The Six Networking Fears You Must Overcome

Facing Your Fear of Networking

Even though we have been introducing ourselves to new people since our early years; many people are more hesitant now, than they were as a child, to meet someone new. The fear associated with networking is almost as debilitating as the fear of speaking in public. And public speaking is another skill we have been perfecting since we were very young. We speak in public every day and we meet new people every day; speaking and networking are natural processes!

The Six Networking Fears

  1. I don’t want them to say no;
  2. What will they expect from me;
  3. What will they think of me;
  4. I don’t have time for the people I currently know;
  5. I’ve seen a lot of pushy people and I don’t want people to think of me that way; and
  6. It’s too cold and impersonal.

I Don’t Want Them to Say No

The fear of rejection is very strong for a lot of people; enough of a fear they will avoid the situation where someone can say no. The better way to think of this is if someone does say no; you really haven’t lost anything because you didn’t have it in the first place.

There are two options either you gain a new connection or you stay in the same place. It’s not a situation where you can go backwards!

What Will They Expect from Me?

This is a great question if you look at networking as a score card. Some people are truly in it for themselves and they are constantly looking for a payback. They give nothing if they do not believe they will be receiving in return. These are not the people you want in your network. Not that you will throw them out, but you won’t spend time nurturing the relationship. You want to spend your time on those who are worthy of your time.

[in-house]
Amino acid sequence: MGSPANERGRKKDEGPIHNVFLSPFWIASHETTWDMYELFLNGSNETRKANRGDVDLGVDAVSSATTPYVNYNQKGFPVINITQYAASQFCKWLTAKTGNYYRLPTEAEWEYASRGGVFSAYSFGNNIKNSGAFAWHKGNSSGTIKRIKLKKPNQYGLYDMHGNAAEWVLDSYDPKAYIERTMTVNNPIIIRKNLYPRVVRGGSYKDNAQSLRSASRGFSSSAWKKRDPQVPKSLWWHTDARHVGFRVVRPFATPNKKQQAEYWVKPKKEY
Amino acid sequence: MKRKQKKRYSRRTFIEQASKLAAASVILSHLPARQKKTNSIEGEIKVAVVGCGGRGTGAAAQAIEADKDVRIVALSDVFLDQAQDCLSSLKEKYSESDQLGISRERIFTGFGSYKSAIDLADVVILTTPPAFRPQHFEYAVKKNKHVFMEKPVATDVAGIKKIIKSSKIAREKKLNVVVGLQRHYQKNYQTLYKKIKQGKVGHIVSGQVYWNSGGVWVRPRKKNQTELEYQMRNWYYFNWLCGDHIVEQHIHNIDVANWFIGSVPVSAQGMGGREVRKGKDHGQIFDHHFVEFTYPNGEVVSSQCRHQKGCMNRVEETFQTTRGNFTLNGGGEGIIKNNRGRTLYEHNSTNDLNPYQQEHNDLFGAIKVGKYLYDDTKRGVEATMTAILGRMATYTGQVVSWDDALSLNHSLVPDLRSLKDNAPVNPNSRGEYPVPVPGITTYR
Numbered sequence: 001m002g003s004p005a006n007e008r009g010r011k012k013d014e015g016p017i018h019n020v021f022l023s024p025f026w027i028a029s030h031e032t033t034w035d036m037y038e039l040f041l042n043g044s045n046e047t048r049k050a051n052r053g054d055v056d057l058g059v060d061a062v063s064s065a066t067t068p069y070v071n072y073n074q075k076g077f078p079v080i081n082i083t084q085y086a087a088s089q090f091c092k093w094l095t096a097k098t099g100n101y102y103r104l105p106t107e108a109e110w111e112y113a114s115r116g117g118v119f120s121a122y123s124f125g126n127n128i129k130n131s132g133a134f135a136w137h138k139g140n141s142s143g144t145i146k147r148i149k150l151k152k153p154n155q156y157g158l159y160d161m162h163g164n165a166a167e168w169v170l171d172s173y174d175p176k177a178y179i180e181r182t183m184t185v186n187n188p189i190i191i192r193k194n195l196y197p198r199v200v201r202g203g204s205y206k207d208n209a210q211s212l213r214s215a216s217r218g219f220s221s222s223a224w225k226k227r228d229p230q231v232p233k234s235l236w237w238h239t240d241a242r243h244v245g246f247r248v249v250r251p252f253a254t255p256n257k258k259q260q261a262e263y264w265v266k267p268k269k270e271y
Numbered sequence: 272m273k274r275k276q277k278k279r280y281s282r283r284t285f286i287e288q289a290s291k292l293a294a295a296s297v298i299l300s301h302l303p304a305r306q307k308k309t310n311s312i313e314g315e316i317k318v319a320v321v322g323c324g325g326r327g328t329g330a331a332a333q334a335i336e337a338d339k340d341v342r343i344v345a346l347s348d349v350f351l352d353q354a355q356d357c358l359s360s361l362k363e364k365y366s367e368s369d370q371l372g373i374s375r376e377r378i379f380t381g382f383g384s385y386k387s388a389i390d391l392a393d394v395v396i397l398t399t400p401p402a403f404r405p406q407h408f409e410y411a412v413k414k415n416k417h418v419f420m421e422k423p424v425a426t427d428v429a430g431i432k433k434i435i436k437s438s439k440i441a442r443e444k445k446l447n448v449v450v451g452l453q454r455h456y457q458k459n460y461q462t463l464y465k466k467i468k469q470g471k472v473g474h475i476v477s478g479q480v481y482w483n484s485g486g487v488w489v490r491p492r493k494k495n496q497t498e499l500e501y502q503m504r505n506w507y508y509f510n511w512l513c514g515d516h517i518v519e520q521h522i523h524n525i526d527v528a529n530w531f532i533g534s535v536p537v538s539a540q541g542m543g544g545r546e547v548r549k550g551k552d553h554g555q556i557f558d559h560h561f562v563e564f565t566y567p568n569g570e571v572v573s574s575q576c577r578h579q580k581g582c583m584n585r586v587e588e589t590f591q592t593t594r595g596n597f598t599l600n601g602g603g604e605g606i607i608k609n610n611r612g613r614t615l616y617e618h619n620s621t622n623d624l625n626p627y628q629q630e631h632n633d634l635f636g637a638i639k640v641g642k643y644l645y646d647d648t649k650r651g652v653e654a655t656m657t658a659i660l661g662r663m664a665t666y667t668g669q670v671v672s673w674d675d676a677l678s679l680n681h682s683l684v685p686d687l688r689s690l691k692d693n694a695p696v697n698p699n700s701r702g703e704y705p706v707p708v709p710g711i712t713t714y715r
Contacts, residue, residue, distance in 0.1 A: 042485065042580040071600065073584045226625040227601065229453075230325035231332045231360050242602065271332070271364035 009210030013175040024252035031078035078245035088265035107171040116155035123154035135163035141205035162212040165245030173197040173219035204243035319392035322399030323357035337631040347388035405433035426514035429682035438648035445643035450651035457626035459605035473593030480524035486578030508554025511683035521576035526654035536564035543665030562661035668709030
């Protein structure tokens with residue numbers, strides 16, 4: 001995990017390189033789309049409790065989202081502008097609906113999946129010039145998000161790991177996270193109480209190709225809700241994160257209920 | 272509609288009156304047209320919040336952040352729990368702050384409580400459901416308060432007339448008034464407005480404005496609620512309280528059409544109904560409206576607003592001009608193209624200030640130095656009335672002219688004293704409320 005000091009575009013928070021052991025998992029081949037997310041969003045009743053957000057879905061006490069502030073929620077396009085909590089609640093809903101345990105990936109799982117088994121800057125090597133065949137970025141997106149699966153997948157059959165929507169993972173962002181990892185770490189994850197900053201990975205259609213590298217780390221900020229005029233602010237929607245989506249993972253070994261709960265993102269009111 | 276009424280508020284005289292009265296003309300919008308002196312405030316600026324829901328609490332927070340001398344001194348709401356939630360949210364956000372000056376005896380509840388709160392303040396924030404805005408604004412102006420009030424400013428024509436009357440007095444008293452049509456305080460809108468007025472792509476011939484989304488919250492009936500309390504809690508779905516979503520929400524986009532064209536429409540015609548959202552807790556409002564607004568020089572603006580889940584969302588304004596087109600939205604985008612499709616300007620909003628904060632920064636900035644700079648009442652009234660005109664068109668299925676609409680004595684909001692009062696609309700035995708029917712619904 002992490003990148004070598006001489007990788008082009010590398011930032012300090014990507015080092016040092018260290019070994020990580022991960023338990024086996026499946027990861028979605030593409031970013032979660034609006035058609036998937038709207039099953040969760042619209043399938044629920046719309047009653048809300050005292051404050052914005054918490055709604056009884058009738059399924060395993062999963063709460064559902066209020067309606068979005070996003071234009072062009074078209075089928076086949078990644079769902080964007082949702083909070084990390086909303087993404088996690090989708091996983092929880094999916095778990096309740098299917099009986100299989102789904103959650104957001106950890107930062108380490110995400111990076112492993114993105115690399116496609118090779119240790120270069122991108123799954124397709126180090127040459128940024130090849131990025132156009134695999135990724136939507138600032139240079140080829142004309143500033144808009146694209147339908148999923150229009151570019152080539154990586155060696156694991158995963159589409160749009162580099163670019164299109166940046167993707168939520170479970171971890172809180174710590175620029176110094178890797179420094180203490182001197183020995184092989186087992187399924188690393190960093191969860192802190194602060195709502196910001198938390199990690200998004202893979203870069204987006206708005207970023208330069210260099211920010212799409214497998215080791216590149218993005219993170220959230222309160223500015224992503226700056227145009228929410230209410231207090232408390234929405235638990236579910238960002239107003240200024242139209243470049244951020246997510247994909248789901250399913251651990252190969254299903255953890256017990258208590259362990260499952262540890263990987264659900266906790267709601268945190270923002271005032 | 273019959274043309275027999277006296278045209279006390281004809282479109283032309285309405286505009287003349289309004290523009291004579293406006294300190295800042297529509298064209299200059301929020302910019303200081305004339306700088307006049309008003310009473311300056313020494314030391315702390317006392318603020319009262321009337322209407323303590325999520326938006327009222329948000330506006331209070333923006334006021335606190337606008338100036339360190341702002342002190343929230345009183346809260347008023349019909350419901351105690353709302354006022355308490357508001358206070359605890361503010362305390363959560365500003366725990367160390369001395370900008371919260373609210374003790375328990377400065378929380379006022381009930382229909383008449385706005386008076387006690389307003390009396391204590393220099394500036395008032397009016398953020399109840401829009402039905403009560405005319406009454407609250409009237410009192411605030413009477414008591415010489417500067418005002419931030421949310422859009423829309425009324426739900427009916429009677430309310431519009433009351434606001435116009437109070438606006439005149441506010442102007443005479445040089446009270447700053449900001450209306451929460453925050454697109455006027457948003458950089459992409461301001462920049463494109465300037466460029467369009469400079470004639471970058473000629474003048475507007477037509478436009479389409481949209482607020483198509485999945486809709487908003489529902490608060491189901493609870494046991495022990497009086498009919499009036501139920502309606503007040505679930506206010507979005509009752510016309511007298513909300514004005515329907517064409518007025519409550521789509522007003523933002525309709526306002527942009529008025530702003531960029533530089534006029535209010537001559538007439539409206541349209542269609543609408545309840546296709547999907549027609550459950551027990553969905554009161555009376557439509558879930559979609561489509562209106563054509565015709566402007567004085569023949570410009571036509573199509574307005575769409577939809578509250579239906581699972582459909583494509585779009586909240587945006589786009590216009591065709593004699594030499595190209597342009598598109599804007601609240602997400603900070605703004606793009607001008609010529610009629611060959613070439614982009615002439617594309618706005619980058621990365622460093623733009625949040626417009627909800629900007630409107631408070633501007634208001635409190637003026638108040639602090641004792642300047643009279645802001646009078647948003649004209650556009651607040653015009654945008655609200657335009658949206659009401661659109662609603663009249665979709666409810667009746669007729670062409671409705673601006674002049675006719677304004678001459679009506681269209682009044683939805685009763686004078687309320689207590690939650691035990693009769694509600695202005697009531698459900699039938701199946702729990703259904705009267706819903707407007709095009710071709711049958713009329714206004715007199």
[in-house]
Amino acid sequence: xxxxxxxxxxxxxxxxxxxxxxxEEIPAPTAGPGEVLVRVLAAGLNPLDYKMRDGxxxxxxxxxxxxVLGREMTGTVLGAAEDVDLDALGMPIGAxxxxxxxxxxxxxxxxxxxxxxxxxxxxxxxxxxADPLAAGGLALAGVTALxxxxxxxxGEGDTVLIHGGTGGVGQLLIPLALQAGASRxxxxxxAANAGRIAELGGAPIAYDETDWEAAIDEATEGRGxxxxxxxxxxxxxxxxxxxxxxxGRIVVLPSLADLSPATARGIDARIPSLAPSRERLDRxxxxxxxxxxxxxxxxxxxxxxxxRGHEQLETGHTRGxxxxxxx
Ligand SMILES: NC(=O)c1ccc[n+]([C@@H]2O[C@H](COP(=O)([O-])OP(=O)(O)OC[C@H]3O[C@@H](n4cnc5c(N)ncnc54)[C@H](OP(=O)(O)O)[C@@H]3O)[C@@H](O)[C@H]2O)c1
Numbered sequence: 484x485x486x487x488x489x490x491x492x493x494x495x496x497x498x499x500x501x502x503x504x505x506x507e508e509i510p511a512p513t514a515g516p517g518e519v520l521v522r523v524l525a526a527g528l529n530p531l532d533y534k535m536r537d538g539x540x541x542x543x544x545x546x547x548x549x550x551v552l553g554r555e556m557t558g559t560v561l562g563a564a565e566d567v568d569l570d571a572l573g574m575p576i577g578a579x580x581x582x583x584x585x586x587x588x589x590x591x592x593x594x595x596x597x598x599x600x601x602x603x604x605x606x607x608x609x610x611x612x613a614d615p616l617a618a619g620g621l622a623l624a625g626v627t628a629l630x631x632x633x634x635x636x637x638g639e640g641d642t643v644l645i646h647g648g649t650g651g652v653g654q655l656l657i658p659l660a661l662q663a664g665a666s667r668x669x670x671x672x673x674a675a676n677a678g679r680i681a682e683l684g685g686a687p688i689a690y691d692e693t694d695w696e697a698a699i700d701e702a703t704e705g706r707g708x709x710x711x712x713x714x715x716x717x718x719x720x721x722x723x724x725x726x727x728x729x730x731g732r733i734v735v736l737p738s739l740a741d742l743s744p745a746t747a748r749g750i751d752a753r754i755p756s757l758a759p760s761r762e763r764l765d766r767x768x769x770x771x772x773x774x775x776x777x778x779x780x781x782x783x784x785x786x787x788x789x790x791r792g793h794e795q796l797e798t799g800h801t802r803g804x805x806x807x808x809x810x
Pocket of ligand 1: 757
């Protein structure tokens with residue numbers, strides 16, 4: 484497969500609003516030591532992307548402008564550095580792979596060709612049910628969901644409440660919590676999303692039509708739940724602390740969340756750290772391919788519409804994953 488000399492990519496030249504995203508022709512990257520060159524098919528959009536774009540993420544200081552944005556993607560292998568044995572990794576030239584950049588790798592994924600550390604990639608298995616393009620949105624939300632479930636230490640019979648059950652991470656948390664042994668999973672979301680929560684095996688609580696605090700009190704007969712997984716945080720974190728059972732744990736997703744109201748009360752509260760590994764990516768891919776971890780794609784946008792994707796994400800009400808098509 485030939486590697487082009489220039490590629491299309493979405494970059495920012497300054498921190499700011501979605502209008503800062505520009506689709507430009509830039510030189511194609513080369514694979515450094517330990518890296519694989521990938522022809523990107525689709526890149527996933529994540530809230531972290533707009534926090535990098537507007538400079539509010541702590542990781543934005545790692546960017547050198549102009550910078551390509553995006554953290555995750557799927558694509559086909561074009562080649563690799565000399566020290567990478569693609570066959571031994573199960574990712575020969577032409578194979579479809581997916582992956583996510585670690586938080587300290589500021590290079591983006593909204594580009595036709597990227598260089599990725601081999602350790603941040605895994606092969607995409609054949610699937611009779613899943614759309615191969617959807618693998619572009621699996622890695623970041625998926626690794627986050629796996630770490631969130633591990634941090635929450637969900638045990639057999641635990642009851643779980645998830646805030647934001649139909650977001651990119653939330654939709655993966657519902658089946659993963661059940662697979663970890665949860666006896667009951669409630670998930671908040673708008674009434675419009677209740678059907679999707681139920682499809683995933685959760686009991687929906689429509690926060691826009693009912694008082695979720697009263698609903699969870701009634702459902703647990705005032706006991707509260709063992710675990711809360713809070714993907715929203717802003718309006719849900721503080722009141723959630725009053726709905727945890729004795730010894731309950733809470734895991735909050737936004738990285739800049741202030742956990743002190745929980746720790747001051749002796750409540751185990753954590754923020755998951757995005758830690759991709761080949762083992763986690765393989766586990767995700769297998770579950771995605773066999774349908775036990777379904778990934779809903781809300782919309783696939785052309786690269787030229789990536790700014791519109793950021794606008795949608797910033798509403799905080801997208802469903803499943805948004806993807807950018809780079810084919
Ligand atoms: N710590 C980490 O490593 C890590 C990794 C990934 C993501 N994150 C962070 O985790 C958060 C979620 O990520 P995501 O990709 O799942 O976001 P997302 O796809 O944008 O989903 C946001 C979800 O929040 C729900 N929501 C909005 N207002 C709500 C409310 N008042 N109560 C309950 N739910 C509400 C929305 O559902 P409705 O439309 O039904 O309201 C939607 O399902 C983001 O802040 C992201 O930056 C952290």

True networking is from the heart and works out of a desire to be helpful to others.

What Will They Think of Me?

The first question is why are you looking to connect with the individual? Are you networking or begging? If you are going to your potential connection with your hand out looking for them to give you something; it will definitely leave a bad taste in their mouth. On the other hand if you are going with a sincere desire to network and interest in the individual; you will be fine.

The simple act of reaching out to connect isn’t going to cause alarm; it’s the intent behind your desires which have the potential to create problems. If you are honest, sincere, caring and genuine; you will have no problem with people thinking poorly of you.

I Don’t Have Time for the People I Currently Know

Our friendships and relationships are constantly evolving. Friends come and friends go; taking the position you don’t have time for new relationships is opportunity limiting. When we keep our circle of friends small or filter out the new relationships; we will only see what we already know. We need the influx of new people to precipitate an influx of new ideas.

I’ve Seen a Lot of Pushy People and I Don’t Want People to Think of Me That Way

Networking doesn’t mean you are trying to force yourself on someone. You’re not trying to be a stalker. There are a lot of pushy, overbearing people out there; however, that doesn’t mean you need to be one of them.

If you are attempting to connect with someone who believes networkers are pushy and overbearing you should be looking for other networking opportunities; chances are high this individual doesn’t have much to offer anyway.

It’s Too Cold and Impersonal

Cold and impersonal describes the person who is out for his or her self. This is the person who starts a discussion, does a quick qualify and, if you don’t measure up, moves on to the next target. I have heard numerous stories like this describing the entertainment industry in Southern California.

Cold and impersonal is a very self-absorbed group who feel you should be honored they gave you a few moments of their time.

If you are sincere in your interest in the individual you are attempting to gain as a connection; you will not be described as cold and impersonal by your connections.


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